Monday, September 26, 2011

Telling Lies by Cathi Stoler

Laurel Imperiole, a magazine editor from New York, is vacationing in Italy with her new boyfriend, Detective Aaron Gerrard.  As they are leaving the art museum she bumps into a businessman.  As she and the man go their separate ways, she is bothered by a strange feeling that something is not right.  Then it hits her.  This businessman is her good friend's husband, Jeff Sargasso.  But that can't be right; Jeff died in the Towers during the 9-11 attacks.

Still, she is convinced she is right.  Jeff had gone to the towers that morning to make an art deal that would rock the world.  A Japanese tycoon was interested in selling a painting for one hundred and fifty million.  To insure the sale went smoothly, the buyers had to put up fifteen million dollars.  That was Jeff's part; to insure the transfer of the fifteen million once everything was on schedule.  Instead, he was killed and the fifteen million dollars went into limbo along with his body; he was identified as one of the more than a thousand individuals whose bodies could not be recovered.

Laurel believes that instead Jeff has taken the money and reinvented himself as an Italian art dealer.  She recruits her good friend Helen to help her discover the truth; Helen is a private investigator.  Detective Gerrard starts an investigation from the police side of things, and soon the FBI is also involved.  Then there are the Israeli undercover agents that seem to have an interest also.  Who will discover the truth first?

Kathi Stoler's debut novel shows promise of an entertaining new voice in female detective stories.  The characters are crisp and intriguing, and the plot twists come fast and furious.  The audience is transported to Italy and New York, learning about the byzantine world of high-end art transactions.  This book is recommended for mystery readers.

Thursday, September 22, 2011

A Man Of Parts by David Lodge

David Lodge's latest novel is a sympathetic portrayal of the life of H.G. Wells, the novelist who gave us such books as War Of The Worlds, The Invisible Man, and The Time Machine.  Desirious of a world more equal and supporting of all men, Wells used his novels to show his vision of a utopian existence where men and women were equal and science made life better for all.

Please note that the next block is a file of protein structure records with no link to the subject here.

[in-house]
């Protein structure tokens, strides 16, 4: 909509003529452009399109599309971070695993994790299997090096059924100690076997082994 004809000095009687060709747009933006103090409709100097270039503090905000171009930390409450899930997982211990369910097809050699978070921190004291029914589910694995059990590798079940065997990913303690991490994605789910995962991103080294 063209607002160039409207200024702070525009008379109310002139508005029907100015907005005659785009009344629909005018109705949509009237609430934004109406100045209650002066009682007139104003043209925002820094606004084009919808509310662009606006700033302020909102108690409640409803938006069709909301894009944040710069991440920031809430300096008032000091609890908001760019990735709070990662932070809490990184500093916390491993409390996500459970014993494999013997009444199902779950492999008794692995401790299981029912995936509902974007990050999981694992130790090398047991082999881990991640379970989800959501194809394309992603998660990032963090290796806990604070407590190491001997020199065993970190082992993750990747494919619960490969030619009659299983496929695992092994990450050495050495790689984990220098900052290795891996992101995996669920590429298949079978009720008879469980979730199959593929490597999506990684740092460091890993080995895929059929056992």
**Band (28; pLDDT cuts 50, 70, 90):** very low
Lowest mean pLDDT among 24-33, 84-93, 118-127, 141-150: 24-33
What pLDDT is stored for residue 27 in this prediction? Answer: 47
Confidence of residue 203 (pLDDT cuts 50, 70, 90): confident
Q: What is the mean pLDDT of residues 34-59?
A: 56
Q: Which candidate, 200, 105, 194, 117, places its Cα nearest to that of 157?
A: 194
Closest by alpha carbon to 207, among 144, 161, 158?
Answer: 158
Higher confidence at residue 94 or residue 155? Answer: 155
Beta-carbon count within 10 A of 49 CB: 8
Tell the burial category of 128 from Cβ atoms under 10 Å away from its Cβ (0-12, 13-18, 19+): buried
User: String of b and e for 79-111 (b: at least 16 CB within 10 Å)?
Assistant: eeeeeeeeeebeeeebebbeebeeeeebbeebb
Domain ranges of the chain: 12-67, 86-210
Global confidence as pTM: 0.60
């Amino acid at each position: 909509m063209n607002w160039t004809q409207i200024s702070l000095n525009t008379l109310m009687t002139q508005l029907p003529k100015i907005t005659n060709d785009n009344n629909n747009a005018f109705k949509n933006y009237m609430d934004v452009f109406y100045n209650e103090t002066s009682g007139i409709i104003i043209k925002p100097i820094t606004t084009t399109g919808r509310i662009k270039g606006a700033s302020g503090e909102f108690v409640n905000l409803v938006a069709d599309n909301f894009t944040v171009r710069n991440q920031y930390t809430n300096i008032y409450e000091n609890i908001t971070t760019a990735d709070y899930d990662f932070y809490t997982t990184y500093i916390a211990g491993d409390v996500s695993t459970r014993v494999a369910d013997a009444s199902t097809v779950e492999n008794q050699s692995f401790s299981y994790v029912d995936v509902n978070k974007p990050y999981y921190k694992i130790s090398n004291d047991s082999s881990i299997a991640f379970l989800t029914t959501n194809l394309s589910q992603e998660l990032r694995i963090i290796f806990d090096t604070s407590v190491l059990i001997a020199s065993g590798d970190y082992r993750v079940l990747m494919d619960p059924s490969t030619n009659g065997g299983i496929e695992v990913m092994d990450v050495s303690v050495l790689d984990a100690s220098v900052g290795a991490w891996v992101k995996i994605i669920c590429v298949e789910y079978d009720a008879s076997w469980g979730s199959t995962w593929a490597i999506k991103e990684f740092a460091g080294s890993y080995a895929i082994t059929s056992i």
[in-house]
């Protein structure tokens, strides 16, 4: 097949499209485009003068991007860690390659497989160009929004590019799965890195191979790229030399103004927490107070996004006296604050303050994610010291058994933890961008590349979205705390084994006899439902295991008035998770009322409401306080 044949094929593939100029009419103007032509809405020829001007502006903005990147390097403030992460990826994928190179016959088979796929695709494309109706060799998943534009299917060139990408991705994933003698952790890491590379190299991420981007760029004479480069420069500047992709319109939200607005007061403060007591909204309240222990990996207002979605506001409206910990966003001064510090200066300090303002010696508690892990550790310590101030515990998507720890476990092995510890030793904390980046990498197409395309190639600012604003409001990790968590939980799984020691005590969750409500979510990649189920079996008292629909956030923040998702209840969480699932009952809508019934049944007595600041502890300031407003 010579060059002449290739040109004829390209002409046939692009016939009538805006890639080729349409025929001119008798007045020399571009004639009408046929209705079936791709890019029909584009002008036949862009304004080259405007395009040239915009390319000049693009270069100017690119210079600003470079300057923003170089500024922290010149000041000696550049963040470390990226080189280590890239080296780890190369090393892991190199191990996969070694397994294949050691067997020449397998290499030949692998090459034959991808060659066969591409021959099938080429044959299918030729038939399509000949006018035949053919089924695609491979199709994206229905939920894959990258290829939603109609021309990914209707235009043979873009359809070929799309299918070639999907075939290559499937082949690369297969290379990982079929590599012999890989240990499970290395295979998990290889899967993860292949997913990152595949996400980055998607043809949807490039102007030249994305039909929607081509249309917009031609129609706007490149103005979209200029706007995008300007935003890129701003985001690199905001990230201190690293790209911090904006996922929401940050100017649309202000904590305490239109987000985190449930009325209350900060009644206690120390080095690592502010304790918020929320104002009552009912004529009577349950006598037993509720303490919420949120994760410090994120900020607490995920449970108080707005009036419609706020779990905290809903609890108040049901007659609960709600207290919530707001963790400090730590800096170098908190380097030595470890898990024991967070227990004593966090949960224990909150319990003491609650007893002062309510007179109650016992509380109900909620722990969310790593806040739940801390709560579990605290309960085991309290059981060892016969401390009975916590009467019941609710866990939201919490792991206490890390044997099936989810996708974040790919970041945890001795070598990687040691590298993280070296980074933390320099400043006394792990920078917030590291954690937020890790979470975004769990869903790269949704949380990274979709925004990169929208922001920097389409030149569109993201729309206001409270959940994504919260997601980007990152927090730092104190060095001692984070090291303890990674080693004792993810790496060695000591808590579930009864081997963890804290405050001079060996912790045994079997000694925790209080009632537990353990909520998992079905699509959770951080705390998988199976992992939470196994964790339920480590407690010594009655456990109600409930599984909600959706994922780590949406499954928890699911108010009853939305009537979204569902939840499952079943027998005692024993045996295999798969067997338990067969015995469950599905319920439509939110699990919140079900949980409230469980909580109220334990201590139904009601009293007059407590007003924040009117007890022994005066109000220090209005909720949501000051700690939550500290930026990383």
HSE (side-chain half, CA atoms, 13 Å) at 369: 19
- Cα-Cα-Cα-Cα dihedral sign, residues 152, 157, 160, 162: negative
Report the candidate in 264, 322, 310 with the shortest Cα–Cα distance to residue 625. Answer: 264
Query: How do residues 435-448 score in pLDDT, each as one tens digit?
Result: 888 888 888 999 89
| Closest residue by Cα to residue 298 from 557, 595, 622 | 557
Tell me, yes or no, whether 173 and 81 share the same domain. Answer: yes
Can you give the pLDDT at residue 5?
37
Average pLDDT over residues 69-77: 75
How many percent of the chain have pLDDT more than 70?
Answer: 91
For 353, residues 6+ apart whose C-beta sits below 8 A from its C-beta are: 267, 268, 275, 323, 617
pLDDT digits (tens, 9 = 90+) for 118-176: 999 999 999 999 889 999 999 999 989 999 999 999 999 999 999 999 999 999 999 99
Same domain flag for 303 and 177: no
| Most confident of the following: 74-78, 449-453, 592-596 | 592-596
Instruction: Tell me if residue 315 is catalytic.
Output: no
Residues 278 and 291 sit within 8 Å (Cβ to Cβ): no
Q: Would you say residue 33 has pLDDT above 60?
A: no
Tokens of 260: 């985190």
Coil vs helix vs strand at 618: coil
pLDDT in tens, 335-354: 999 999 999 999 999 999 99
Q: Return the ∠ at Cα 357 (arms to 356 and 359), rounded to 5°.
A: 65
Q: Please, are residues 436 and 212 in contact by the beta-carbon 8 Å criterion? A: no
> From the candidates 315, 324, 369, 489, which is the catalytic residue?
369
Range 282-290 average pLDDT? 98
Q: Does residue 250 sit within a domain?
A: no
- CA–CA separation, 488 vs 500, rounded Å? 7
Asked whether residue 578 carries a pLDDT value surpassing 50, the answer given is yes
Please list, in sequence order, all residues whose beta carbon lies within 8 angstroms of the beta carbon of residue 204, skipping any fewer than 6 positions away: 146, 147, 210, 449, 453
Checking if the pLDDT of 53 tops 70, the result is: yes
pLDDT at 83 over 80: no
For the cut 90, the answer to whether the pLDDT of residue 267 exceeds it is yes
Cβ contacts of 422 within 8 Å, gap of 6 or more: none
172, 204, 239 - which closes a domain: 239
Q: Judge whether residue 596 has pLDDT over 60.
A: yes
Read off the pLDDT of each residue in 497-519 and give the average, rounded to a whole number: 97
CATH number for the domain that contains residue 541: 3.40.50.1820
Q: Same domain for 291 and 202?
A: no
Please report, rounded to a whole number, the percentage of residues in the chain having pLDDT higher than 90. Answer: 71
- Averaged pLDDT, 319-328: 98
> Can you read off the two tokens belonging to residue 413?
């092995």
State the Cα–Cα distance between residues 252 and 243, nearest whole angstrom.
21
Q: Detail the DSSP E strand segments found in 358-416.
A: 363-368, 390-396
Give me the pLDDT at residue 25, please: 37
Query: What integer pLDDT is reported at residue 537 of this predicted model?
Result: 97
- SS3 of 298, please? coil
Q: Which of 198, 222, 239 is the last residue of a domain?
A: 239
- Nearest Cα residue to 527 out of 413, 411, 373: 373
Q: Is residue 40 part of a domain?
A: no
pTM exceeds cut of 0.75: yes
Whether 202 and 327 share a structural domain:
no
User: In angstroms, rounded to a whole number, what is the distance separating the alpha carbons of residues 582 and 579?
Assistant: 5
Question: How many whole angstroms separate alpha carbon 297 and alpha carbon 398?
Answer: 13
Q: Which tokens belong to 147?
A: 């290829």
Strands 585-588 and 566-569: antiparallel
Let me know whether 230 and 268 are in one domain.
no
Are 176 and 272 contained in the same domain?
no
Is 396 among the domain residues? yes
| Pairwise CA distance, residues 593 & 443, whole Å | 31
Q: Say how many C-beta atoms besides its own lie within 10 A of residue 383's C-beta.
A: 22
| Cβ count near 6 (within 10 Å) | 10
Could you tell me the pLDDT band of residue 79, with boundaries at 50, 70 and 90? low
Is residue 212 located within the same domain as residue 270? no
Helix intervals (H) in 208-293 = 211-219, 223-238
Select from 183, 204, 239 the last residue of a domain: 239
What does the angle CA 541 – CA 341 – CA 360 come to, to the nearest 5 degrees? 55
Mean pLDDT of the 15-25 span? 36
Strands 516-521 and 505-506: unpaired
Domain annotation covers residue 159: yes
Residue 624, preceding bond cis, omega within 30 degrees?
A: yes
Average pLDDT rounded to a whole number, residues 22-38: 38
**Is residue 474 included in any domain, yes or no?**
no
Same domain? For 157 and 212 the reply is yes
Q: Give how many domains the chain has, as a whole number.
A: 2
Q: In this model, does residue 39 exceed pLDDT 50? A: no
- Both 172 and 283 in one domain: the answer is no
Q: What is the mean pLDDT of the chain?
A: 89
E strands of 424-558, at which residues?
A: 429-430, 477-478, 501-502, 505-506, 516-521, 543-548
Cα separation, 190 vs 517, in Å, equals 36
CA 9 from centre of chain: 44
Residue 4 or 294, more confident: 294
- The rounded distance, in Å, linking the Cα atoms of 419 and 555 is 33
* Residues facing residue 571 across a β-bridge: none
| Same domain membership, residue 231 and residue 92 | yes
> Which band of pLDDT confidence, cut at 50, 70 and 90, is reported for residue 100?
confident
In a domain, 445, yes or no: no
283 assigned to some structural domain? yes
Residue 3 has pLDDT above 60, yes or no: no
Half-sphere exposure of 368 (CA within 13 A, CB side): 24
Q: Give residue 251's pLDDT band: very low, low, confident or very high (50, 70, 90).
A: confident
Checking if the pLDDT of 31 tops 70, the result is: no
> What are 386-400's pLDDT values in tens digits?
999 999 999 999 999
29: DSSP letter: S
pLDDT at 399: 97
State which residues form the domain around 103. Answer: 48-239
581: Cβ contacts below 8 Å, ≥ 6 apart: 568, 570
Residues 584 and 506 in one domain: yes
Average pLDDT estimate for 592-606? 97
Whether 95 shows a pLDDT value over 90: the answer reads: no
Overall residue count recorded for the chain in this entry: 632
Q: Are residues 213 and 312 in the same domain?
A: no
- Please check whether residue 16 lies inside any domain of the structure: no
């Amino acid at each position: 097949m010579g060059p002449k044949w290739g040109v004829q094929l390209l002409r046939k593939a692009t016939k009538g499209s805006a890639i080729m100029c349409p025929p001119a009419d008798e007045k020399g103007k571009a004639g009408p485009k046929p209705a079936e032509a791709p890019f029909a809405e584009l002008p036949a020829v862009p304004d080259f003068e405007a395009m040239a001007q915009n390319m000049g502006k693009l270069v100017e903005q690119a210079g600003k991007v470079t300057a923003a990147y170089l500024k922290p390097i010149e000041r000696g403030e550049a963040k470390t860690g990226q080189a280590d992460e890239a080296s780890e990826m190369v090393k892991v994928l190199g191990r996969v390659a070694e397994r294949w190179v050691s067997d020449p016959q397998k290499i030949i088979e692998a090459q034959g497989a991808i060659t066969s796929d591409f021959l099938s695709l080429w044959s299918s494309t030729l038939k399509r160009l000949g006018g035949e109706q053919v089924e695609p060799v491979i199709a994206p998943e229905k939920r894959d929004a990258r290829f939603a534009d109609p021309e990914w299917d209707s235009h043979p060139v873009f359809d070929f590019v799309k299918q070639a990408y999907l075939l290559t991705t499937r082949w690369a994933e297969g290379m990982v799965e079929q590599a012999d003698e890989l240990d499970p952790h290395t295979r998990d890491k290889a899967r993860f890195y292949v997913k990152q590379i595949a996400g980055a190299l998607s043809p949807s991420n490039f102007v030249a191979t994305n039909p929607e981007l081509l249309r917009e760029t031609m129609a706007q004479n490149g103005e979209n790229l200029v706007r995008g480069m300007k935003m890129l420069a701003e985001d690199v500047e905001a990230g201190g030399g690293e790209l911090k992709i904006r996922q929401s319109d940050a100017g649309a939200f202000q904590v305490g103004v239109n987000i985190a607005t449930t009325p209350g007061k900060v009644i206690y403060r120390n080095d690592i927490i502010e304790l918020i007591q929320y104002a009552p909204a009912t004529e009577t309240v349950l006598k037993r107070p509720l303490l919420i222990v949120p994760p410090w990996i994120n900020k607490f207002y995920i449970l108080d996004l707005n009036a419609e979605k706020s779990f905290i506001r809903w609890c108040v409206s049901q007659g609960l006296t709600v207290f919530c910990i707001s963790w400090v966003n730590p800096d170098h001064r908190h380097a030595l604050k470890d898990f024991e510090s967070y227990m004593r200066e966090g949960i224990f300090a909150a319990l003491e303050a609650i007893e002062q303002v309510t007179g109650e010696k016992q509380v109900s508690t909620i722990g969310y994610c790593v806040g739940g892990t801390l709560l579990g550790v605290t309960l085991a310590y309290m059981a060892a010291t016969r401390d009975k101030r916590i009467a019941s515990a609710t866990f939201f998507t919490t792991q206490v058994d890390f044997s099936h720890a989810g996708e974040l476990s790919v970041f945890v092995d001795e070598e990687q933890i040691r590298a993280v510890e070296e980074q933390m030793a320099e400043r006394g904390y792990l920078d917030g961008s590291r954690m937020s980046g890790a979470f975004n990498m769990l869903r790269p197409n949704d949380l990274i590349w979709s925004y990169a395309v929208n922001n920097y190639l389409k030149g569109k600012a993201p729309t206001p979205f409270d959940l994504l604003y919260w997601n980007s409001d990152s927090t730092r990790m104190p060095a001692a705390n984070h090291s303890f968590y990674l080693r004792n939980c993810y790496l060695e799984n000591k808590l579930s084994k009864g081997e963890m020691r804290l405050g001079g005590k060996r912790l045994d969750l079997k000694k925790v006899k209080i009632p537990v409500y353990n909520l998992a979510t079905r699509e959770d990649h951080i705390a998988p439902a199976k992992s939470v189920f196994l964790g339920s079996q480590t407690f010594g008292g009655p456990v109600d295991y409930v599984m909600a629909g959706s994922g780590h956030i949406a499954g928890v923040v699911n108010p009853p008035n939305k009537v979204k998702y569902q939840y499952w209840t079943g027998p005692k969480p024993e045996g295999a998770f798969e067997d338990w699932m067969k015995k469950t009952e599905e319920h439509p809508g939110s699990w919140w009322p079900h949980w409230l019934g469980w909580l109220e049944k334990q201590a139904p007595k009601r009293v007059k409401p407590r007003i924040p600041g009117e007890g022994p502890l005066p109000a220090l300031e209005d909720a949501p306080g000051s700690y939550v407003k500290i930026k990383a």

But Wells did not start out as a cornerstone of society.  He was born into a poor family, his father a shop keeper and cricket player while his mother was in service as a housekeeper for a wealthy family.  For many years, his parents lived apart as she had to be available at all hours in the manor she worked in.  Wells grew up "downstairs", education being his saving grace.  He fought for an education and his brilliant mind was recognized, winning him scholarships that allowed him to move into the wealthy class.

Wells was a contradiction.  Socialist by nature, he made no bones about enjoying his wealth.  A feminist by nature, he indulged himself with numurous affairs and dalliances.  He was married twice and had several long-term relationships.  Several of these were with women barely out of their teens when he was middle-aged and beyond.  His private life always threatened to disrupt his public life.  While his novels were not considered literary triumphs, he was a very successful writer, influential in the way that a successful novelist can be in shaping public opinion.